I agree with Phil. If you do not want to spend the money for the Hella's or Cibies, any new sealed beam will be better than the original candles. I replaced my factory Wagner sealed beams with Sylvania Silverstars, big big improvement. Consumers Reports had a articule recently that they said they were a waste of money. But they compared new bulbs to new factory bulbs, not to 15 or 20 year old ones. Richard
 

·
Registered
Joined
·
1,195 Posts
alfabeach said:
I agree with Phil. If you do not want to spend the money for the Hella's or Cibies, any new sealed beam will be better than the original candles. I replaced my factory Wagner sealed beams with Sylvania Silverstars, big big improvement. Consumers Reports had a articule recently that they said they were a waste of money. But they compared new bulbs to new factory bulbs, not to 15 or 20 year old ones. Richard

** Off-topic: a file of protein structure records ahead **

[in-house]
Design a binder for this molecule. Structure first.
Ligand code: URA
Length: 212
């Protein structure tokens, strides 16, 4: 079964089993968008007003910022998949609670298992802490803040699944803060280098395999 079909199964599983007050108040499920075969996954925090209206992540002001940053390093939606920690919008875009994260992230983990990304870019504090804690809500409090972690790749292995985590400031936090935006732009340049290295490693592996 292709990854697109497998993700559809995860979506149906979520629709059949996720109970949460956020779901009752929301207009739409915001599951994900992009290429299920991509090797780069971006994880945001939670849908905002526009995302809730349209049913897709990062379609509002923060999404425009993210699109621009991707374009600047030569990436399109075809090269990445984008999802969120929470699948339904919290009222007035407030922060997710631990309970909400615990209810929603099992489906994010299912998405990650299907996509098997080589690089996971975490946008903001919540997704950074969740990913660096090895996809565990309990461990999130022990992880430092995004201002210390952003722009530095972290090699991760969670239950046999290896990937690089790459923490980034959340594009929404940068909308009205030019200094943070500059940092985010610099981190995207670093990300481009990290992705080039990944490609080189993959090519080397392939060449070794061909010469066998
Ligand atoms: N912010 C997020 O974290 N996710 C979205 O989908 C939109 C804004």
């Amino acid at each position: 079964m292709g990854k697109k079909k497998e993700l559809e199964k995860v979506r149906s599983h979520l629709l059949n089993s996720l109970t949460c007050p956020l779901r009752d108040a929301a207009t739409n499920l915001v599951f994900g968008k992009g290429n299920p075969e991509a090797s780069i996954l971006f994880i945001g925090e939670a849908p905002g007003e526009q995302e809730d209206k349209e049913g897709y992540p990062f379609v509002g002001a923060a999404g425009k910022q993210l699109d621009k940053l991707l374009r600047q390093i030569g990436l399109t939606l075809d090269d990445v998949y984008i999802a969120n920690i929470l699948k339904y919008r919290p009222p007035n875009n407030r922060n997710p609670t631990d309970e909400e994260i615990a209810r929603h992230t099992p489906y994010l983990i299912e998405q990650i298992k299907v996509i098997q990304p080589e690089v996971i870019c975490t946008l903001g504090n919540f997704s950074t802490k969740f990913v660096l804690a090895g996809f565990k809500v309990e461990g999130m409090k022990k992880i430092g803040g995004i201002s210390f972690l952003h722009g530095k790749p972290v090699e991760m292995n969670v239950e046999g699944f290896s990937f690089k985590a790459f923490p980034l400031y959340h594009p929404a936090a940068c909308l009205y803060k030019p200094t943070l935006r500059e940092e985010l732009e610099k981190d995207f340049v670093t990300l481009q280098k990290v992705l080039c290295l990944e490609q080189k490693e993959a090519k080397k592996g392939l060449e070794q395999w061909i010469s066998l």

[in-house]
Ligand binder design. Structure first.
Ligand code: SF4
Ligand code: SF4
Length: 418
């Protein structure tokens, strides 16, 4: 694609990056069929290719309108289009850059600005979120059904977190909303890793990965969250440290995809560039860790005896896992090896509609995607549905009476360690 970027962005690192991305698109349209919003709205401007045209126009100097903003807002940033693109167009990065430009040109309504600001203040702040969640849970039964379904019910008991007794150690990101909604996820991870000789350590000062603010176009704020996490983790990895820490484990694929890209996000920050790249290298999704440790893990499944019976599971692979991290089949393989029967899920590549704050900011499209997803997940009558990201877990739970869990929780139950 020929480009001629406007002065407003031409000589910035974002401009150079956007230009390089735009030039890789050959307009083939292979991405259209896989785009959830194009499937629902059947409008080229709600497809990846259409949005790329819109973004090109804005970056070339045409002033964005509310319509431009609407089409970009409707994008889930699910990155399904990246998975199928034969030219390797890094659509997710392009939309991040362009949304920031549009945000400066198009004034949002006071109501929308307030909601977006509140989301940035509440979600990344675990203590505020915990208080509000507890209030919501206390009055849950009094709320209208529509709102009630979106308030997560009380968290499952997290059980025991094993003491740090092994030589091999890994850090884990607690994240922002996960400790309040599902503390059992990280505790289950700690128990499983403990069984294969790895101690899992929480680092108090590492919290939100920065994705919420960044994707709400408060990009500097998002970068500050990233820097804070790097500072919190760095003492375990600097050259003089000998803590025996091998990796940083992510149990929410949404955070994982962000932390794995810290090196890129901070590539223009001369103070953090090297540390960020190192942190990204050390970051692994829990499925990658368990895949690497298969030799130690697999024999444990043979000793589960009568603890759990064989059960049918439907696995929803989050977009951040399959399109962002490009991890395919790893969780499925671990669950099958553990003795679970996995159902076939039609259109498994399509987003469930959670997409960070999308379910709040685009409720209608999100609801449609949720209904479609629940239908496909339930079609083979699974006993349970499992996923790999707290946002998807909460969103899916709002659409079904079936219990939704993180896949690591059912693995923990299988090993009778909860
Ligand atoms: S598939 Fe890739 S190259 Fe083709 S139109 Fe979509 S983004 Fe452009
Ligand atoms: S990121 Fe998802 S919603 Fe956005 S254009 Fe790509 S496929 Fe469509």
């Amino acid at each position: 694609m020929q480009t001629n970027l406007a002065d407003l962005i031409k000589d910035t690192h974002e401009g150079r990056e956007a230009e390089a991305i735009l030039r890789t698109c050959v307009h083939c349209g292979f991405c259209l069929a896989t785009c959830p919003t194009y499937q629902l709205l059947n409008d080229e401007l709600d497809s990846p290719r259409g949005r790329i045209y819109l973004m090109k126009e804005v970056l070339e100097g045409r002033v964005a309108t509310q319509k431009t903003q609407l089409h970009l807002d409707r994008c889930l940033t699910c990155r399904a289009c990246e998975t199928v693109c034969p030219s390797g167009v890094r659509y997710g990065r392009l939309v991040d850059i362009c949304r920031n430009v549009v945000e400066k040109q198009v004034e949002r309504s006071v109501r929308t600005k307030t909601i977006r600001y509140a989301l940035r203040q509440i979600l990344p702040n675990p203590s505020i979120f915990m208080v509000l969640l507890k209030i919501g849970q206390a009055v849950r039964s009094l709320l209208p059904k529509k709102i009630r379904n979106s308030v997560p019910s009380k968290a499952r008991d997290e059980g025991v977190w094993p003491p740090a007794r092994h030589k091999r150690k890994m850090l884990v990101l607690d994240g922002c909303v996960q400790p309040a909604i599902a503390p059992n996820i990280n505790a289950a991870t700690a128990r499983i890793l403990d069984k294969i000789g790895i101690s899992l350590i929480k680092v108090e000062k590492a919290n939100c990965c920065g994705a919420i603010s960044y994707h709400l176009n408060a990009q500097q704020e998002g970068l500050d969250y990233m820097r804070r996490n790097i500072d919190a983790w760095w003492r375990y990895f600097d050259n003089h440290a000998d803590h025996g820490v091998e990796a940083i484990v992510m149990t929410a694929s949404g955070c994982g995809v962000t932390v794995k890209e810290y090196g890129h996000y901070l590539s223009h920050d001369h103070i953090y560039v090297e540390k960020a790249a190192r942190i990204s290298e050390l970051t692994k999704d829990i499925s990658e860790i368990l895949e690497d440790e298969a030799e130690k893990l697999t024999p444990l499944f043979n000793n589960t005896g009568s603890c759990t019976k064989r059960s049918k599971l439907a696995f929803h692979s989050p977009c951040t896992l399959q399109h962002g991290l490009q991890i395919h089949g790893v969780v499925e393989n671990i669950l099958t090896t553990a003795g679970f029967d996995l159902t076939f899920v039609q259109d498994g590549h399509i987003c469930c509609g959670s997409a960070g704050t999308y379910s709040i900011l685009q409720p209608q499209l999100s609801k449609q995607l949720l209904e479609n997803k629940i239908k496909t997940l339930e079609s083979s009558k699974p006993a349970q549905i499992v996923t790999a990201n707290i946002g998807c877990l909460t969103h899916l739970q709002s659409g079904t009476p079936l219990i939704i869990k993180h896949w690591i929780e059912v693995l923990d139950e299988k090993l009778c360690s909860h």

I replaced 5-months-old regular GE sealed beams with aforementioned sylvania silverstar sealed beams, and I have to say that silverstars are THE BEST sealed beams ever made!! Huge difference for merely 35-40USD for a pair, and no modification required!
 

·
Registered
Joined
·
5,457 Posts
I second (or third?) the silver stars. I have them in my 164 with the euro projection lights. They really don't like rough roads as those will reduce their life span significantly. They last about half the lifetime of regular bulbs, but I really like the bright white lights.

But yeah, stay away from the crystals...LMAO

I think I'll do what Joe says, that's a great idea!
 

·
Registered
Joined
·
150 Posts
I have the Cibie 7 inch and they are definitely superior to any sealed beam system. Although they are rather expensive. It depends on how much you drive at night. But according to some lighting experts, the Cibie are much better than the Hella DOT approved H4 system. Just my $.02

Todd
 

·
Registered
Joined
·
456 Posts
Install Relays FIRST!

I agree with JoeCabs recommendation: